Sugar beet silos start to come down – Ipswich business park on course
PUBLISHED: 16:02 12 December 2017 | UPDATED: 15:21 13 December 2017
Demolition work on the silos at the former British Sugar plant at Sproughton outside Ipswich has started – and the four massive structures should be a thing of the past by the end of February.
Contractors started taking huge chunks out of the first silo on Tuesday morning, and by lunchtime it was already starting to disappear.
But the spectacular nature of the work has caused another problem – on Wednesday morning trespassers, including children, were reported on the site, especially children, trying to take their own pictures.
A borough council spokesman said the site was potentially dangerous – and while security patrols were being stepped up contractors were concerned about the trespassers. He said: “Stay off the site. It is a construction site and it is not safe for members of the public.”
The silos are having to be mechanically demolished – the site is too near the A14 and the Great Eastern Main Line to allow them to have been brought down in a spectacular explosion.
Much of the concrete from the silos is due to be broken up on site and used as hardcore underpinning the new roads that will be put down on the 130-acre business park that is to be created on the site.
The former sugar beet factory site is owned by Ipswich council, although it is in Sproughton which is part of Babergh district.
Borough council leader David Ellesmere said the demolition work was significant because people could now see that something was happening at the site.
He said: “We have put in our outline planning application to Babergh for the site and now we have also put in the first detailed planning application for the first roads on the site to the area we think will be the first to be developed.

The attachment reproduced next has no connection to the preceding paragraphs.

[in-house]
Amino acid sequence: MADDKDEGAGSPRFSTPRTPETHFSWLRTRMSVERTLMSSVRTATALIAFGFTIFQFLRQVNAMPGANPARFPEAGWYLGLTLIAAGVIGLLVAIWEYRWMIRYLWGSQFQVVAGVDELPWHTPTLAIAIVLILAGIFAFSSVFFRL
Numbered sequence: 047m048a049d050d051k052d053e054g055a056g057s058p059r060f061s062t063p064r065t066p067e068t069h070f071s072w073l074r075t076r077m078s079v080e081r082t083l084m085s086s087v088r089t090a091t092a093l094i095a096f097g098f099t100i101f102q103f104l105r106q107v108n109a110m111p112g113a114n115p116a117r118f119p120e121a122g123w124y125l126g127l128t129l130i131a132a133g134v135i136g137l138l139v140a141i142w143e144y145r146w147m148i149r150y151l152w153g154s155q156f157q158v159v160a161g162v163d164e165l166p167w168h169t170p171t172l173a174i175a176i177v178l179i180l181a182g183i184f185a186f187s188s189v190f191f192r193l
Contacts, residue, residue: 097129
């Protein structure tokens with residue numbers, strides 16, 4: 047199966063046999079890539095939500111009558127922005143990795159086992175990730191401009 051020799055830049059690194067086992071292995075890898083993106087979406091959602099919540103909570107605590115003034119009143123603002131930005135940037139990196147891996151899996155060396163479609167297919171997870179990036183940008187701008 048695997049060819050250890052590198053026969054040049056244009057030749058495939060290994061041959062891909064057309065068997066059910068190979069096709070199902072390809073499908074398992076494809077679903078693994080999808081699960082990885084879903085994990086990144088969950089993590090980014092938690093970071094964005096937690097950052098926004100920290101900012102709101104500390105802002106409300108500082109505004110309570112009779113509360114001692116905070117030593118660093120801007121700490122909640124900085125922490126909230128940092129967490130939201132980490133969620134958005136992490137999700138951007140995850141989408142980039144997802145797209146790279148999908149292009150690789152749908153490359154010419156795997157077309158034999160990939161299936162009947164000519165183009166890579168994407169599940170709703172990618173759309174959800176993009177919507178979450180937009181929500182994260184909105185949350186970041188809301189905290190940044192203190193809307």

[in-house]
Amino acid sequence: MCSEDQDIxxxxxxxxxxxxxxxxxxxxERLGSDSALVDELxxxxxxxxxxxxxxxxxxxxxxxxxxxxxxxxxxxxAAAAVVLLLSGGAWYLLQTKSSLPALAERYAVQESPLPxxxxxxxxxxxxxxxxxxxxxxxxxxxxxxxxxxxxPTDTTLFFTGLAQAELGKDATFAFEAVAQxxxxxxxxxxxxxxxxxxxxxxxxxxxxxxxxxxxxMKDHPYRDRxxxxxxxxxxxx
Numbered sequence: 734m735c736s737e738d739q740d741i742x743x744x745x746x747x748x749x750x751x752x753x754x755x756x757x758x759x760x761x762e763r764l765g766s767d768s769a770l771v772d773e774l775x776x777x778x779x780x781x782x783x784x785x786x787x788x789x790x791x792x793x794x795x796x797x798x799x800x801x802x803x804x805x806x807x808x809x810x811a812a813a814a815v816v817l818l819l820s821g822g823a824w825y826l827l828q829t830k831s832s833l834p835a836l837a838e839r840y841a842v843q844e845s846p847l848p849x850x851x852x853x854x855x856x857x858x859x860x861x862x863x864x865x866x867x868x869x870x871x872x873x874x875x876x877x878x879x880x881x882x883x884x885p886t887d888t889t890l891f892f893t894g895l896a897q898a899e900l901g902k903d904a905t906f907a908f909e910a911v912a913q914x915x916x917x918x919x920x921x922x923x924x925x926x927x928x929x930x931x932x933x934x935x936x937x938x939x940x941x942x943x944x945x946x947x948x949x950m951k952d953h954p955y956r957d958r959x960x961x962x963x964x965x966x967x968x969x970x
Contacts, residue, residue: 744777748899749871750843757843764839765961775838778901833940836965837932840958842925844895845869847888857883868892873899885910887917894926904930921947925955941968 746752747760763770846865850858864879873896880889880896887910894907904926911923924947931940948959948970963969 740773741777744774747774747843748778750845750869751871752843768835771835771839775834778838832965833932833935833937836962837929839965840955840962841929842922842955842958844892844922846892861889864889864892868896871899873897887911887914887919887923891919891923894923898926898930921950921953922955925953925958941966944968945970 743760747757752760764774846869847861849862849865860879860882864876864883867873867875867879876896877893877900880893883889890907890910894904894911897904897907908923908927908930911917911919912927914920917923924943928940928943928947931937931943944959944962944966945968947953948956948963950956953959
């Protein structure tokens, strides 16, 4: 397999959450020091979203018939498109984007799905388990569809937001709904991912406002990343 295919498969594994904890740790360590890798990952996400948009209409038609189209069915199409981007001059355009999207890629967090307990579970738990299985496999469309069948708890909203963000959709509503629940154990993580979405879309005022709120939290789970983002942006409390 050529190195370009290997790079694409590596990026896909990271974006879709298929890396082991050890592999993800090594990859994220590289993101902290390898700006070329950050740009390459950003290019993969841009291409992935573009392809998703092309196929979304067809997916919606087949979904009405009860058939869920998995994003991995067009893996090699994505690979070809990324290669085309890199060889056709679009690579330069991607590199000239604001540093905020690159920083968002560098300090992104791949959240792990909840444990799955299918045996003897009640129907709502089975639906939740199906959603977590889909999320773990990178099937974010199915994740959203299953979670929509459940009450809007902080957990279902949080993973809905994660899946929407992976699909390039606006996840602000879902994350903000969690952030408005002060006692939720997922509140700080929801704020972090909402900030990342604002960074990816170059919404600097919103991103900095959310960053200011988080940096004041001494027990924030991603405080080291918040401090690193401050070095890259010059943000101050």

“There has been a lot of work going on behind the scenes and a lot of preparatory work on the site over the last few years – but it is good to see this demolition starting so everyone can see what is happening.”
There has already been a great deal of interest from businesses who are attracted to the idea of moving to a site which has easy access straight on to the A14.
Mr Ellesmere is hopeful that the first full planning application to build a major unit on the site might be registered with Babergh within the next few weeks – and that could open the floodgates to many more in the years ahead.
The site will be mainly used for business and industry, although there could be some additional uses on a small area near Sproughton Road like a hotel, pub or restaurant.
Mr Ellesmere has said it could take 10 years for the site to be fully developed – although the level of interest so far suggests it could be filled up long before then.
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